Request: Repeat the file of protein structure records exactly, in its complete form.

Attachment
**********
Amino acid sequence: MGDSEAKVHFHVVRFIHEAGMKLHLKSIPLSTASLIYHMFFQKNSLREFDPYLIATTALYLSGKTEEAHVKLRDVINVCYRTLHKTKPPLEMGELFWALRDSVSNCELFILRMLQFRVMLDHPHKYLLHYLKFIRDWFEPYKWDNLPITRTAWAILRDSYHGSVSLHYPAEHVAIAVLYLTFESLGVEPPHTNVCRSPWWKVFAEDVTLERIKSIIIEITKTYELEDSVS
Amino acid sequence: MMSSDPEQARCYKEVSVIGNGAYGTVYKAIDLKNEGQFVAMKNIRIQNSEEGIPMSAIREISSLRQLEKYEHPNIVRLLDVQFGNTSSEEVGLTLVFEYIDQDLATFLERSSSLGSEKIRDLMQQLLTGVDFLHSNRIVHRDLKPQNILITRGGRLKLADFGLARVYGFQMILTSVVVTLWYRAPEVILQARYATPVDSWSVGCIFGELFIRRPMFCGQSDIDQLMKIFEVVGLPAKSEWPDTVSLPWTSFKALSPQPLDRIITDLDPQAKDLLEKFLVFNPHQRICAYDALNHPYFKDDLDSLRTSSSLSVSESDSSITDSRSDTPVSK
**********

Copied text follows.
Amino acid sequence: MGDSEAKVHFHVVRFIHEAGMKLHLKSIPLSTASLIYHMFFQKNSLREFDPYLIATTALYLSGKTEEAHVKLRDVINVCYRTLHKTKPPLEMGELFWALRDSVSNCELFILRMLQFRVMLDHPHKYLLHYLKFIRDWFEPYKWDNLPITRTAWAILRDSYHGSVSLHYPAEHVAIAVLYLTFESLGVEPPHTNVCRSPWWKVFAEDVTLERIKSIIIEITKTYELEDSVS
Amino acid sequence: MMSSDPEQARCYKEVSVIGNGAYGTVYKAIDLKNEGQFVAMKNIRIQNSEEGIPMSAIREISSLRQLEKYEHPNIVRLLDVQFGNTSSEEVGLTLVFEYIDQDLATFLERSSSLGSEKIRDLMQQLLTGVDFLHSNRIVHRDLKPQNILITRGGRLKLADFGLARVYGFQMILTSVVVTLWYRAPEVILQARYATPVDSWSVGCIFGELFIRRPMFCGQSDIDQLMKIFEVVGLPAKSEWPDTVSLPWTSFKALSPQPLDRIITDLDPQAKDLLEKFLVFNPHQRICAYDALNHPYFKDDLDSLRTSSSLSVSESDSSITDSRSDTPVSK